Effects of training with the ReWalk exoskeleton on quality of life in incomplete spinal cord injury: a single case study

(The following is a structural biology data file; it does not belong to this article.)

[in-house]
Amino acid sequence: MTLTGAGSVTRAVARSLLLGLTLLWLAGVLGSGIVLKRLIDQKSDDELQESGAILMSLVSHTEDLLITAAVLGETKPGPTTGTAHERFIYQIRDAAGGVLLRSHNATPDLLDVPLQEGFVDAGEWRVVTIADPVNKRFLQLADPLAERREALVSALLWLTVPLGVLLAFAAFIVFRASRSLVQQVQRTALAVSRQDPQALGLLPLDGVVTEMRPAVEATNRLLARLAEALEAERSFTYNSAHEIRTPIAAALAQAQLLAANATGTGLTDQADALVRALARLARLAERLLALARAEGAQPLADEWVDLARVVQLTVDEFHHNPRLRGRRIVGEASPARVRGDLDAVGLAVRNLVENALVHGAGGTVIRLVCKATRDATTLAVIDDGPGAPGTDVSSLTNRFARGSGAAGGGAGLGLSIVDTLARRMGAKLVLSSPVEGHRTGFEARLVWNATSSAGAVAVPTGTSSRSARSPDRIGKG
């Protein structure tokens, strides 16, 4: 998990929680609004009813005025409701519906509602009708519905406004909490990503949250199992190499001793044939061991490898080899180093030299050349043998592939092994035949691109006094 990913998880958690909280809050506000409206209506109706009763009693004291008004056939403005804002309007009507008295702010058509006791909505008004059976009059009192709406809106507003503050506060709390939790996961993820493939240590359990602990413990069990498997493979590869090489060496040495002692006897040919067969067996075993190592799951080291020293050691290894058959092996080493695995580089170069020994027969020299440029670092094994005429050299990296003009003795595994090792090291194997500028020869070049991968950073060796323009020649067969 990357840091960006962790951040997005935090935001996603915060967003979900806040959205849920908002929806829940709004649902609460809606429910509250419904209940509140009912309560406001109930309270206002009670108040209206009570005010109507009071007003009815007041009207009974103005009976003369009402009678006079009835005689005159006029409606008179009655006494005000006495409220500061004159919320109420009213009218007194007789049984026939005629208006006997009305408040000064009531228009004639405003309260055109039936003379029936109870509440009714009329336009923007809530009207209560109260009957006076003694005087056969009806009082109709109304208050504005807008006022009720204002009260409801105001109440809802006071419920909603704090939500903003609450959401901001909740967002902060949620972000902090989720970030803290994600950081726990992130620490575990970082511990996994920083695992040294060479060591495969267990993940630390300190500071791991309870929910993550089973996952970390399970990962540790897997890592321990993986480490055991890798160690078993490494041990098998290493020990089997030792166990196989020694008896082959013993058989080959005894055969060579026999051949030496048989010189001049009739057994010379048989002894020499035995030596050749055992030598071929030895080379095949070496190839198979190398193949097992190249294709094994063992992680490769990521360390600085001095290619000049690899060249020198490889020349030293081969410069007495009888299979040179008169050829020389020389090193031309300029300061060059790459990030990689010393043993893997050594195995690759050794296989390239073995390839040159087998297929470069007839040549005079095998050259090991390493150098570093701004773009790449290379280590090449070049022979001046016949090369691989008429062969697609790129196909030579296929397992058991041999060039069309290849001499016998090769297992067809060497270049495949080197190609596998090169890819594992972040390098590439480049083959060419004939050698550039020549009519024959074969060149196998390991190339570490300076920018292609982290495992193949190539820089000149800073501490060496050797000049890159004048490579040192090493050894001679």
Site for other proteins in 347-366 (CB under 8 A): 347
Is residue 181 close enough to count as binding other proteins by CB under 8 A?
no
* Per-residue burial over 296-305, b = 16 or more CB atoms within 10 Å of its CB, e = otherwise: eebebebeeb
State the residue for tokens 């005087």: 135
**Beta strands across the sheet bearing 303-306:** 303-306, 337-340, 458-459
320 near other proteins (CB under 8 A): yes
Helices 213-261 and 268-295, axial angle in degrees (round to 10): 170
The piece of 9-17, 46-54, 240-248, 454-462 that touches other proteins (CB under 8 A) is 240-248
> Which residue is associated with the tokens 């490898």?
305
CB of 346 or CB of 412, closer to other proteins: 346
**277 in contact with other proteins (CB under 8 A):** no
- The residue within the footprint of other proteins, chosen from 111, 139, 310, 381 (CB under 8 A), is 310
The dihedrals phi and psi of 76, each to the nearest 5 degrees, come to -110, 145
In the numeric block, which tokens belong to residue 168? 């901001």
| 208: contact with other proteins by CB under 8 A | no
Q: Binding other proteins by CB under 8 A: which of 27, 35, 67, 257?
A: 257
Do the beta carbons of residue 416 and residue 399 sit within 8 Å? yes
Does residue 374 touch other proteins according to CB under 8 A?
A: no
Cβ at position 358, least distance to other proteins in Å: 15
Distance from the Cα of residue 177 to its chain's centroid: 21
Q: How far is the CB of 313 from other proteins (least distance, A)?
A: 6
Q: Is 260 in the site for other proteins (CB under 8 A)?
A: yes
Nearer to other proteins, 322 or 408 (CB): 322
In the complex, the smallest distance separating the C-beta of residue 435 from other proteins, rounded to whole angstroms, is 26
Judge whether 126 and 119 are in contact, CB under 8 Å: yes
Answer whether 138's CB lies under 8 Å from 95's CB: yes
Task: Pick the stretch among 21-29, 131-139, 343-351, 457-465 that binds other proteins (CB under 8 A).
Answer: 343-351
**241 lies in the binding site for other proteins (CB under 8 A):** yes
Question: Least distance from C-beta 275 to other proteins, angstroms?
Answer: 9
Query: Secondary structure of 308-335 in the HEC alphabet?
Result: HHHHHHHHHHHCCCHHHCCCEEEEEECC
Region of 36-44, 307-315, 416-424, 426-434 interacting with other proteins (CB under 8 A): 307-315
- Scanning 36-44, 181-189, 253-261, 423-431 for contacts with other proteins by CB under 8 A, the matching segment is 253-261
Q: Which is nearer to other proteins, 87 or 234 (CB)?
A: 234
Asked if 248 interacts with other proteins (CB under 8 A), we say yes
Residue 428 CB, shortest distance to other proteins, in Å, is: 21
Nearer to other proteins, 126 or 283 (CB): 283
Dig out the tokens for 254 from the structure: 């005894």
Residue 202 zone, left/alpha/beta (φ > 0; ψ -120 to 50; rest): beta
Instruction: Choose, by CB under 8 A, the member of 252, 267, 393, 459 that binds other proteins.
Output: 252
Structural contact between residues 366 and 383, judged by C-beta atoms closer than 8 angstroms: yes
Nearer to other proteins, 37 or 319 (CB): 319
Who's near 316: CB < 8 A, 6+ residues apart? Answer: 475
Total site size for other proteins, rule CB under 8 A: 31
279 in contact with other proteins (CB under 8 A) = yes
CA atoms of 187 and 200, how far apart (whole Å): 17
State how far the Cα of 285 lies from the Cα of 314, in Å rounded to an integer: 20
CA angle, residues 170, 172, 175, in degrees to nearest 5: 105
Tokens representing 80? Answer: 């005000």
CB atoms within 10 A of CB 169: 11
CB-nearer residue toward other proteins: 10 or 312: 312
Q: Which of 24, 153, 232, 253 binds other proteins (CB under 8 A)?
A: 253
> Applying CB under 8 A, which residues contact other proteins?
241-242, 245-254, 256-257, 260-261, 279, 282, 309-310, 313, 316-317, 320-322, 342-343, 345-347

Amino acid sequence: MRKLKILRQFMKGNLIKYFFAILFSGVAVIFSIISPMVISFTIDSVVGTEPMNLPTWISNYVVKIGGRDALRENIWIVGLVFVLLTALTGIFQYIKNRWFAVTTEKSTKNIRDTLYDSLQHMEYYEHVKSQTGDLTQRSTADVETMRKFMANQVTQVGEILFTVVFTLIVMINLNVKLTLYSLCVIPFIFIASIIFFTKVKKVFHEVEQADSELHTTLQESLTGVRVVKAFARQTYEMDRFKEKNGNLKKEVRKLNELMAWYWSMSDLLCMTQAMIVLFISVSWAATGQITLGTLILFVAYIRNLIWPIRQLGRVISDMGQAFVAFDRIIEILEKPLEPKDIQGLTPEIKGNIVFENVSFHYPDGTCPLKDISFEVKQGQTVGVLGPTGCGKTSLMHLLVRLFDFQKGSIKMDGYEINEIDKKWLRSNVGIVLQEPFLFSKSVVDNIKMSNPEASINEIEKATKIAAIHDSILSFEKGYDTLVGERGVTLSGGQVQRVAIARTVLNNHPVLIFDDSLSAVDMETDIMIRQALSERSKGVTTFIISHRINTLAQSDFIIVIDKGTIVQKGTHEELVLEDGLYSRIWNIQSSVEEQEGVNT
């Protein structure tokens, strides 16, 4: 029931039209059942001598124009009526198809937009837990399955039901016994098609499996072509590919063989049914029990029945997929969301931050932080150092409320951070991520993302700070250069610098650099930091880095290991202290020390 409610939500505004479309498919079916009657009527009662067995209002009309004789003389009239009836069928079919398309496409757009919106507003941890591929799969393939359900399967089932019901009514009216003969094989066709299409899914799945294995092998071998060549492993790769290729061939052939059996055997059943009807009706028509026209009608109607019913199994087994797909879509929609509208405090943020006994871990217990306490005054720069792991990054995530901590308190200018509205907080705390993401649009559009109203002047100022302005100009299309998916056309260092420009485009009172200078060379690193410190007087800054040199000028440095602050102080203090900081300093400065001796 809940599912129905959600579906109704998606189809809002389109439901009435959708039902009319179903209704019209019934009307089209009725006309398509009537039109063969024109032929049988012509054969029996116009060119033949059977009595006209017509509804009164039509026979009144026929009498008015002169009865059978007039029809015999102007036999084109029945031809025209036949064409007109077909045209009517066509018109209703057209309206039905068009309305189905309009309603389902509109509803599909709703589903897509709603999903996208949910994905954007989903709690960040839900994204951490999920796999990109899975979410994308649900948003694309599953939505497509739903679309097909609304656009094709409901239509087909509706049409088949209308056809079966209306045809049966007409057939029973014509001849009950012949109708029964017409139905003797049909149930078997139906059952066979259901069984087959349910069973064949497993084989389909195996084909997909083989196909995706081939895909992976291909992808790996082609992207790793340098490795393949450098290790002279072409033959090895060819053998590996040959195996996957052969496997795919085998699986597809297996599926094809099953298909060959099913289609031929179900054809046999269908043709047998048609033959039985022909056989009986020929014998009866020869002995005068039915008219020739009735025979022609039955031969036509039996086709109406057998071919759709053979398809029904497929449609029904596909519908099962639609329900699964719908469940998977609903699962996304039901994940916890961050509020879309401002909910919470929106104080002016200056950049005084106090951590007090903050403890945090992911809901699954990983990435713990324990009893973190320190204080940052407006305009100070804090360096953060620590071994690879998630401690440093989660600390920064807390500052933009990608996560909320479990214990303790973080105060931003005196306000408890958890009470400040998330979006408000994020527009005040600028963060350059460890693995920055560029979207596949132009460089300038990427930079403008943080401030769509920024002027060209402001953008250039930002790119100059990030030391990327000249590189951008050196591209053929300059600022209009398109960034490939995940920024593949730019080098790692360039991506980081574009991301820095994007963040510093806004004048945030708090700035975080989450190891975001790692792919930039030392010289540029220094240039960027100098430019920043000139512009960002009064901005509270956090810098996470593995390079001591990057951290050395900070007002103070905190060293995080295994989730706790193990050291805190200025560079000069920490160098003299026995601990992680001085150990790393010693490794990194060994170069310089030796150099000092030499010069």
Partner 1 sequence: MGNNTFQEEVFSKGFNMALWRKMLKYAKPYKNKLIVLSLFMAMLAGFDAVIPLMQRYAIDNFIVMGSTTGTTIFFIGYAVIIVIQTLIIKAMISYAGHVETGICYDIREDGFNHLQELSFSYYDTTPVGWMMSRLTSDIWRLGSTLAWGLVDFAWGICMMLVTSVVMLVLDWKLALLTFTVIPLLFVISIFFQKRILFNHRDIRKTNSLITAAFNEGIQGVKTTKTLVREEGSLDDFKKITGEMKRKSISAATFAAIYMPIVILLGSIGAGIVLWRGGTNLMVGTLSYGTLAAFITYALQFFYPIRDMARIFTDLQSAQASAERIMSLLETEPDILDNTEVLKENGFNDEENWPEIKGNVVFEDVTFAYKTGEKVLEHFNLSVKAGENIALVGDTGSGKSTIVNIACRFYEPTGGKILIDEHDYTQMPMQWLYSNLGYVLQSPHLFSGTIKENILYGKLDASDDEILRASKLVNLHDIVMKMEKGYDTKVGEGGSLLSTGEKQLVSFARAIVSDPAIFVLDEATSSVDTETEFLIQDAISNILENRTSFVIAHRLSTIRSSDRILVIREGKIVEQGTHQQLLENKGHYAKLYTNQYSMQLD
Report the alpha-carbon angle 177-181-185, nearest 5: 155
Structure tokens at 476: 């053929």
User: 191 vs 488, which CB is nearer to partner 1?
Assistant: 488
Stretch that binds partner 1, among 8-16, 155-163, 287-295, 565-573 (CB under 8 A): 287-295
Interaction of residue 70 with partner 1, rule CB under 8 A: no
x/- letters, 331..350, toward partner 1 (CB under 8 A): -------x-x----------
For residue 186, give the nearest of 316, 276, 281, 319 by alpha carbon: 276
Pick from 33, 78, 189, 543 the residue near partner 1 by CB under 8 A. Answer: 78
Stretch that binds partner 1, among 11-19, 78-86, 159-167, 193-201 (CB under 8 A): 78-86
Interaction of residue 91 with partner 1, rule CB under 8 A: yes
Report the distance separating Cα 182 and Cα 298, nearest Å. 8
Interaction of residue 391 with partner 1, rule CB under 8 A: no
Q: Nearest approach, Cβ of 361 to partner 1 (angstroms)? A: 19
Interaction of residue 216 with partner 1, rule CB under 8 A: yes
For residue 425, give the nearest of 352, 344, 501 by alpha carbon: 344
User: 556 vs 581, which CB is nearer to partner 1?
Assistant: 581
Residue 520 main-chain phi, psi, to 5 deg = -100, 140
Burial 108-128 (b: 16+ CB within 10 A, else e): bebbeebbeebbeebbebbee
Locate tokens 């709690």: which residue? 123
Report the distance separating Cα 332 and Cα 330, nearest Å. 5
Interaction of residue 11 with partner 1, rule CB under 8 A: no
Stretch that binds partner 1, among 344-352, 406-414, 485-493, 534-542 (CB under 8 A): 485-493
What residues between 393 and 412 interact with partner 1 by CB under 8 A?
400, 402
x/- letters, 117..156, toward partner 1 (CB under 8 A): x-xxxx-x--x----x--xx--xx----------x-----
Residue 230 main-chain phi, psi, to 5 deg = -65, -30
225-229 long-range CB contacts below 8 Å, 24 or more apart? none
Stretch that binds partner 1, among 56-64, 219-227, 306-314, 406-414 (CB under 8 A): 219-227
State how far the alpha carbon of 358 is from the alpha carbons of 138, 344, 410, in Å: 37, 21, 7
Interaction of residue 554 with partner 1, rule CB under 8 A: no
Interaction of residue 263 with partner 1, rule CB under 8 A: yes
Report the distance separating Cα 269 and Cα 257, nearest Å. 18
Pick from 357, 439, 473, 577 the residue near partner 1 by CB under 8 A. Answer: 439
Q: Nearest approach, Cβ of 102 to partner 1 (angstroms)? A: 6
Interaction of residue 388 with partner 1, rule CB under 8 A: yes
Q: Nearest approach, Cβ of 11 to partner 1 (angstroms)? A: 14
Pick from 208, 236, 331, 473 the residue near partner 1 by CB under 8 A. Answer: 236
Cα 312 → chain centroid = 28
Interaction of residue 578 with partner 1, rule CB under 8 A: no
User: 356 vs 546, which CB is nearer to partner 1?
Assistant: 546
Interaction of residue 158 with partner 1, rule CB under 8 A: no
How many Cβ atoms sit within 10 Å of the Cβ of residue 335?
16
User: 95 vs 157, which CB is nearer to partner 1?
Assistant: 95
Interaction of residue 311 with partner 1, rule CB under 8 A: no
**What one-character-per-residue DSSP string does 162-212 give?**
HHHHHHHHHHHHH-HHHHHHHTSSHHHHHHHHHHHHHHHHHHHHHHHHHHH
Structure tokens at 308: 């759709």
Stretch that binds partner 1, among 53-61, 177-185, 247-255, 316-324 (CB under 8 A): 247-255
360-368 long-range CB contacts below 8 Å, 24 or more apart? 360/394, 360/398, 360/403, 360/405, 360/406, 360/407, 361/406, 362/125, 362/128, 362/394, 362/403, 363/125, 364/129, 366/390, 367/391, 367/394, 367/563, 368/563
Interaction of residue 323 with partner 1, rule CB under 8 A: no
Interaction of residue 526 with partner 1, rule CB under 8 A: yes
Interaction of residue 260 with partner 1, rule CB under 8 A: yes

This is a single case study investigating to what extent the quality of life (QoL) of patients with spinal cord injury can be influenced by training with an exoskeleton. One patient (male, 22 years), initially unable to walk independently after T11 traumatic spinal cord injury (ASIA Impairment Scale C), was recruited for this study 1 year after injury. The progress of his first 6 months of ReWalk training was documented and as primary outcome measure, the QoL was measured with SF-36 questionnaire. Secondary outcome measures were ASIA scale, Berg-Balance-Scale, and Dynamic Gait Index. After the 6-month training period, this patient reported increased scores in 6 out of 8 areas on the SF-36 (physical functioning, physical role function, physical pain, general health, vitality, and physical well-being). The ASIA motor score improved from segment L2 to L3. Sensory functions remained unchanged. The patient partly regained control for bowel and bladder functions. The Dynamic Gait Index improved from 0 to 18/21, and the Berg Balance Scale from 7 to 34/44. At the end of the study period the patient was able to walk independently supervised by one person. Quality of life, mobility, risk of falling, motor skills, and control of bladder and bowel functions were all improved. Overall, this demonstrated a positive effect of robot-assisted gait training on various areas of the patient’s life.
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